Building back better
11 Jan 2016|


Australian infrastructure, along with the threat of natural or manmade disasters, is particularly complex, making infrastructure failures inevitable.

That’s why I read with interest Paul Barnes’ post on improving the disaster resilience of critical infrastructure in northern Australia and the supply chains they depend upon.

We should be trying to counteract the rising costs of responding to disasters. The economic costs of rebuilding communities is shared by all Australians when Commonwealth funds are dispersed for recovery. The Productivity Commission established that the costs to the Commonwealth of recovery funds for disaster events since 2009 amounted to approximately $12 billion.

In spite of this dramatic spending, it’s the general practice in Australia not to improve our infrastructure, rather rebuild damaged and destroyed roads, buildings, and utilities to their original state.

Betterment—that is, rebuilding an asset to a more disaster-resilient standard—is rarely undertaken because it’s subject to ‘a lower reimbursement rate, a higher administrative burden and lack of a budget allocation by the Australian government (which means that offsetting savings must be made elsewhere to fund betterment)’.

The Productivity Commission has found that 97% of disaster funding is spent after a disaster and only 3% goes toward mitigation and preparedness. That equation needs to be rebalanced.

Five years ago, the Institution of Engineers released its Infrastructure Report Card report, which found that our infrastructure, (especially road and rail), is plagued by aging assets and inadequate capacity.

The Infrastructure Report Card found that little or no progress had been made since Engineers Australia conducted a similar audit in 2005.

In the earlier report, Australia’s overall result was a C+ and five years later, still a C+. The backlog of maintenance, repair and much-needed upgrades has only continued to grow since, leaving us with aging infrastructure that’s increasingly fragile.

Making infrastructure more resistant to disaster impacts is a choice which can involve making roads higher, bridges stronger, relocating rail lines, and perhaps duplicating electricity lines.

Paul’s message is that we need a stronger national effort to develop resilient infrastructure that’s adaptable and robust to respond to future demands.

While we have a 2010 national critical infrastructure resilience strategy that encourages organisations to ‘develop a more organic approach to deal with rapid on-set shock’, it isn’t clear whether our infrastructure managers have resilience measures for the various contexts they face or particularly sufficient knowledge on how failures in one system can lead to disruptions in others.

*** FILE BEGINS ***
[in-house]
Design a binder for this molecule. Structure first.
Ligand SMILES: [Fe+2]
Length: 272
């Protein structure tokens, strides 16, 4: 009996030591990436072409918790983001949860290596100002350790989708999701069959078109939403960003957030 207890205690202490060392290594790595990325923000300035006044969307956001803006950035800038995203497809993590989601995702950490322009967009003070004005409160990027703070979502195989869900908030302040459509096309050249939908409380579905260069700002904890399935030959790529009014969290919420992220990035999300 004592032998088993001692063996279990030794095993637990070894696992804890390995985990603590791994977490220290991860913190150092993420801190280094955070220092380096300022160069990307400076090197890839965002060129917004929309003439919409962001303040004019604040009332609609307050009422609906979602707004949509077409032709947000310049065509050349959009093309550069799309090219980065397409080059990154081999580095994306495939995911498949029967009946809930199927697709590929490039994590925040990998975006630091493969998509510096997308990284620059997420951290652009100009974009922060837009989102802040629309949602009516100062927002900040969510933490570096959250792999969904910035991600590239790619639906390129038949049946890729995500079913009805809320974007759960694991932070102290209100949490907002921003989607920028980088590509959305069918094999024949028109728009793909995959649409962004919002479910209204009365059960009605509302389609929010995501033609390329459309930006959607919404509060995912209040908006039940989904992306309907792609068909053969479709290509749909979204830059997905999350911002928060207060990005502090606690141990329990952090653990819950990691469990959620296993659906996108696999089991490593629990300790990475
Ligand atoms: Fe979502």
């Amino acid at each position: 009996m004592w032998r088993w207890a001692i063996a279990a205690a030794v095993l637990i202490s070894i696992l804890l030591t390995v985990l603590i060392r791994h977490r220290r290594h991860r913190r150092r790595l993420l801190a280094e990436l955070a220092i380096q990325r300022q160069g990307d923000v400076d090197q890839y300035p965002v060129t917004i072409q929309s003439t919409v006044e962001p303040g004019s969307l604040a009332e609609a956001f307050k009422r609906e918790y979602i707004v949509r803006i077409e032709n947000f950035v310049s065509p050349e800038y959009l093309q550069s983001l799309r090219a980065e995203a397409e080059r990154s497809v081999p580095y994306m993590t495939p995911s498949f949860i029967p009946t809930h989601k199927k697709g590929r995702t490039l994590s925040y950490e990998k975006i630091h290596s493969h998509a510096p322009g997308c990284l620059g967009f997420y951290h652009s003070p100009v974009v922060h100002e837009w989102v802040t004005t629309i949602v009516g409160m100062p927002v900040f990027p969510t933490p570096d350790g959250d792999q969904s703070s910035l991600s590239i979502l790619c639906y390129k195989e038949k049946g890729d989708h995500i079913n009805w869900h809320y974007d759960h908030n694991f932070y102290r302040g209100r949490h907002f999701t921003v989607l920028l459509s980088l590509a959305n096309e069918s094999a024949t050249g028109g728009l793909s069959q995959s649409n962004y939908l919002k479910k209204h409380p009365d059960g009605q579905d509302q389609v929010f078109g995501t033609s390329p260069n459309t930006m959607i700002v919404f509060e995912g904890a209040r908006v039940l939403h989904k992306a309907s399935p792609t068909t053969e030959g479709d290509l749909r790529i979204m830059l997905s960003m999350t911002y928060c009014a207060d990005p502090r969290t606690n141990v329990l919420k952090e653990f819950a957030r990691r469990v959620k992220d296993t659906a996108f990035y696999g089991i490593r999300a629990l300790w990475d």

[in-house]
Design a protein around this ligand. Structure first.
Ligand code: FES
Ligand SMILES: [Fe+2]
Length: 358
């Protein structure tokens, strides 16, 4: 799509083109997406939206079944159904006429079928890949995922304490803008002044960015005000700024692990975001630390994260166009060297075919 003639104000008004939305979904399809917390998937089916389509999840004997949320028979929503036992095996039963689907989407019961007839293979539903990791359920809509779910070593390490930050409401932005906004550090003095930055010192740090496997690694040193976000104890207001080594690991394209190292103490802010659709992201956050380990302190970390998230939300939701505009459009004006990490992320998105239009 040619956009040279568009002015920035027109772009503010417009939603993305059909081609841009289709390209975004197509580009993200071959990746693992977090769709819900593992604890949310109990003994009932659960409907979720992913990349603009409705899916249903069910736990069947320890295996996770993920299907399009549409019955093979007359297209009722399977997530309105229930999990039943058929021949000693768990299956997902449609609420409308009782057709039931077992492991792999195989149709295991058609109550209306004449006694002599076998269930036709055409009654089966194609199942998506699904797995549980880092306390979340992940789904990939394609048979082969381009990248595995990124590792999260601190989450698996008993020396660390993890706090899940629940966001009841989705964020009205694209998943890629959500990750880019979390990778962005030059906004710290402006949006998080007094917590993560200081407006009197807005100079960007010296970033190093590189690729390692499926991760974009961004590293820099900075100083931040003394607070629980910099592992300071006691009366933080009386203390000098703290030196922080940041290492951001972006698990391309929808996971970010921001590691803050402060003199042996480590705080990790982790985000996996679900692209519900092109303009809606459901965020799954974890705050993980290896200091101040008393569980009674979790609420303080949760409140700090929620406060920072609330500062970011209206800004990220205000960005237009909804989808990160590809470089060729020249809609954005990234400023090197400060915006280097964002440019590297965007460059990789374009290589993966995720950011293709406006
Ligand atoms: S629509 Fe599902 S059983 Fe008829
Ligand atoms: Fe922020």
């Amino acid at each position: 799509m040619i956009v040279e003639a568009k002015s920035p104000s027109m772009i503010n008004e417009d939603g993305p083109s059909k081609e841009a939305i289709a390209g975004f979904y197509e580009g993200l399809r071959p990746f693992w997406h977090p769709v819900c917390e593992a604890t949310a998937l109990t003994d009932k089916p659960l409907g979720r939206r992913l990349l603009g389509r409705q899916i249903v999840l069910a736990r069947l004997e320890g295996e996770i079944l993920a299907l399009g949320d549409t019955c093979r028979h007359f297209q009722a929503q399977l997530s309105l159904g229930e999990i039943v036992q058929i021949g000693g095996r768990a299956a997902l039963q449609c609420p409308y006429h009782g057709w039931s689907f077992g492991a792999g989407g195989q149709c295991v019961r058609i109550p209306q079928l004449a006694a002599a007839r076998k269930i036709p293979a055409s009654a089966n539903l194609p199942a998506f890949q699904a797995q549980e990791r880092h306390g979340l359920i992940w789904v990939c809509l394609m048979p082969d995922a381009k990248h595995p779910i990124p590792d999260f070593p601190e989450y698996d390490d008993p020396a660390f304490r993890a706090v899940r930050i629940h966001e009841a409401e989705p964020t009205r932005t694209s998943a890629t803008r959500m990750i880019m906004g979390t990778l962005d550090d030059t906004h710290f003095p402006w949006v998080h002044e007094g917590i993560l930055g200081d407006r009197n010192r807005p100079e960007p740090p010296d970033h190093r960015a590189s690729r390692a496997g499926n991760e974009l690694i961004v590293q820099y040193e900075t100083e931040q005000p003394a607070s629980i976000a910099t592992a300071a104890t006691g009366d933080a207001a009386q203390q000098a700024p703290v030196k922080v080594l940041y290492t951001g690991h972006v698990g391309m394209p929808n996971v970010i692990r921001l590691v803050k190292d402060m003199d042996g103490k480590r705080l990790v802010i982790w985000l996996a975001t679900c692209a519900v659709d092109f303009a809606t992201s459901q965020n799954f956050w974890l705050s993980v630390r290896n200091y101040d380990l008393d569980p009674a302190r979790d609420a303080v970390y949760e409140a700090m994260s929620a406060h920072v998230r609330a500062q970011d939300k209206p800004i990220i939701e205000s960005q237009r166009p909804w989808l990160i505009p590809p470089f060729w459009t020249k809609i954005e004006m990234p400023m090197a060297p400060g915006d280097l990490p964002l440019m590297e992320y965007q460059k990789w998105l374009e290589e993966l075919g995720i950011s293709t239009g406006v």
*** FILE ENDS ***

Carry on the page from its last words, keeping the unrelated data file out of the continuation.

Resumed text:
It’s not just the vulnerability of critical infrastructure systems either. It’s also whether there are inadequacies in our governance arrangements: many of the coupled infrastructure systems across northern Australia don’t follow jurisdictional boundaries. (The Australian government’s recent white paper on northern Australia defined the region as all of the Northern Territory and those parts of Western Australia and Queensland above the Tropic of Capricorn.)

Understanding the nature of damage to infrastructure resulting from natural hazards is critical.  It’s interesting here to look at the National Climate Resilience and Adaptation Strategy that was released by Environment Minister Greg Hunt in December last year.

That strategy states that in northern Australia, an important climate adaptation is building housing that is more resilient to cyclones:

‘On average, cyclones cause more than $630 million in damages per year, and this is likely to increase into the future. Learning from past experiences, the insurer Suncorp has partnered with James Cook University to analyse insurance claim data to better understand cyclone vulnerabilities in homes, and what can be done to address them. This research shows that simple, low-cost disaster mitigation can pay for itself after just one cyclone.’

Two processes in particular are worth progressing. First, apply the approach taken by Suncorp in response to north Queensland cyclones to provide insurance driven incentives for making identified improvements to houses derived from research on where such changes directly impact preventable damage in structures caused by cyclones. And second, identify assets that are vulnerable by location to known impacts of disasters and seek to strengthen those assets to reduce service recovery time.